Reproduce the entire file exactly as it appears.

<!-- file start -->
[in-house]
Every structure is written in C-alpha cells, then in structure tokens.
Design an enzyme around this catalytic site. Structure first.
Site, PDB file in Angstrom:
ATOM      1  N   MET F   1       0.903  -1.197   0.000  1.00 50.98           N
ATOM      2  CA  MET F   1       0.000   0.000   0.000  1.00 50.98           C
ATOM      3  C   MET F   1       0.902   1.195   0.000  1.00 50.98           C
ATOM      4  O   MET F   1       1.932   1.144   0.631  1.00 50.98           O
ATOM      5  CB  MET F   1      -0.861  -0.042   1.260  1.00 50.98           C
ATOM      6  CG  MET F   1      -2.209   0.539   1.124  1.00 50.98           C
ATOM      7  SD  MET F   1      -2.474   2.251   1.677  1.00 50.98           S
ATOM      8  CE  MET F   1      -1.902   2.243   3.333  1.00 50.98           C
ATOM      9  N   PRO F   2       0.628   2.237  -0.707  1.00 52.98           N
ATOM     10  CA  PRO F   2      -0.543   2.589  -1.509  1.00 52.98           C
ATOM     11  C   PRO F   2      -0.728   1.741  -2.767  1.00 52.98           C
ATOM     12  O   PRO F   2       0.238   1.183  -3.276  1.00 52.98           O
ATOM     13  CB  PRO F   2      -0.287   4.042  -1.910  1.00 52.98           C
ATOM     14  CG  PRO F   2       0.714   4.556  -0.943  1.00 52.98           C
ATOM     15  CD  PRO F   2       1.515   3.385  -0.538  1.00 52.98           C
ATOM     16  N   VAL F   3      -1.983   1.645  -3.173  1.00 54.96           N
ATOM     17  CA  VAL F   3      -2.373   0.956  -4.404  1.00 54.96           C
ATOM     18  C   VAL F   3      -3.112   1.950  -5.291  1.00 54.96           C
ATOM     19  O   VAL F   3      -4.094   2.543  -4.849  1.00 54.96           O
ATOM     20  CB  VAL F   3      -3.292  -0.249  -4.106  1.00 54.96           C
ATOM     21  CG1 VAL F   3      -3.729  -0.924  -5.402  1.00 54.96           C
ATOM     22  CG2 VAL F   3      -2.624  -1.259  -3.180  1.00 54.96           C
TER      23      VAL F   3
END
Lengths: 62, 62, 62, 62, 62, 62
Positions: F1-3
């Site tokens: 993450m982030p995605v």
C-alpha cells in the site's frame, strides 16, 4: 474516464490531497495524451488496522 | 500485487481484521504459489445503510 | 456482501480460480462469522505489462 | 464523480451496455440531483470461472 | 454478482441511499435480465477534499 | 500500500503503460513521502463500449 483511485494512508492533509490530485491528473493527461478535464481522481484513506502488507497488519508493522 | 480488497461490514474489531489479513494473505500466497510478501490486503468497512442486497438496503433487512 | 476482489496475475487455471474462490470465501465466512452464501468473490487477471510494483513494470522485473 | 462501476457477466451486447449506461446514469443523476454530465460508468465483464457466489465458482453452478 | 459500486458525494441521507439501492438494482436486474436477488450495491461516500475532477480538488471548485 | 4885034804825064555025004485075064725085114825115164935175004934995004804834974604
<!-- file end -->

[in-house]
Every structure is written in C-alpha cells, then in structure tokens.
Design an enzyme around this catalytic site. Structure first.
Site, PDB file in Angstrom:
ATOM      1  N   MET F   1       0.903  -1.197   0.000  1.00 50.98           N
ATOM      2  CA  MET F   1       0.000   0.000   0.000  1.00 50.98           C
ATOM      3  C   MET F   1       0.902   1.195   0.000  1.00 50.98           C
ATOM      4  O   MET F   1       1.932   1.144   0.631  1.00 50.98           O
ATOM      5  CB  MET F   1      -0.861  -0.042   1.260  1.00 50.98           C
ATOM      6  CG  MET F   1      -2.209   0.539   1.124  1.00 50.98           C
ATOM      7  SD  MET F   1      -2.474   2.251   1.677  1.00 50.98           S
ATOM      8  CE  MET F   1      -1.902   2.243   3.333  1.00 50.98           C
ATOM      9  N   PRO F   2       0.628   2.237  -0.707  1.00 52.98           N
ATOM     10  CA  PRO F   2      -0.543   2.589  -1.509  1.00 52.98           C
ATOM     11  C   PRO F   2      -0.728   1.741  -2.767  1.00 52.98           C
ATOM     12  O   PRO F   2       0.238   1.183  -3.276  1.00 52.98           O
ATOM     13  CB  PRO F   2      -0.287   4.042  -1.910  1.00 52.98           C
ATOM     14  CG  PRO F   2       0.714   4.556  -0.943  1.00 52.98           C
ATOM     15  CD  PRO F   2       1.515   3.385  -0.538  1.00 52.98           C
ATOM     16  N   VAL F   3      -1.983   1.645  -3.173  1.00 54.96           N
ATOM     17  CA  VAL F   3      -2.373   0.956  -4.404  1.00 54.96           C
ATOM     18  C   VAL F   3      -3.112   1.950  -5.291  1.00 54.96           C
ATOM     19  O   VAL F   3      -4.094   2.543  -4.849  1.00 54.96           O
ATOM     20  CB  VAL F   3      -3.292  -0.249  -4.106  1.00 54.96           C
ATOM     21  CG1 VAL F   3      -3.729  -0.924  -5.402  1.00 54.96           C
ATOM     22  CG2 VAL F   3      -2.624  -1.259  -3.180  1.00 54.96           C
TER      23      VAL F   3
END
Lengths: 62, 62, 62, 62, 62, 62
Positions: F1-3
């Site tokens: 993450m982030p995605v």
C-alpha cells in the site's frame, strides 16, 4: 474516464490531497495524451488496522 | 500485487481484521504459489445503510 | 456482501480460480462469522505489462 | 464523480451496455440531483470461472 | 454478482441511499435480465477534499 | 500500500503503460513521502463500449 483511485494512508492533509490530485491528473493527461478535464481522481484513506502488507497488519508493522 | 480488497461490514474489531489479513494473505500466497510478501490486503468497512442486497438496503433487512 | 476482489496475475487455471474462490470465501465466512452464501468473490487477471510494483513494470522485473 | 462501476457477466451486447449506461446514469443523476454530465460508468465483464457466489465458482453452478 | 459500486458525494441521507439501492438494482436486474436477488450495491461516500475532477480538488471548485 | 4885034804825064555025004485075064725085114825115164935175004934995004804834974604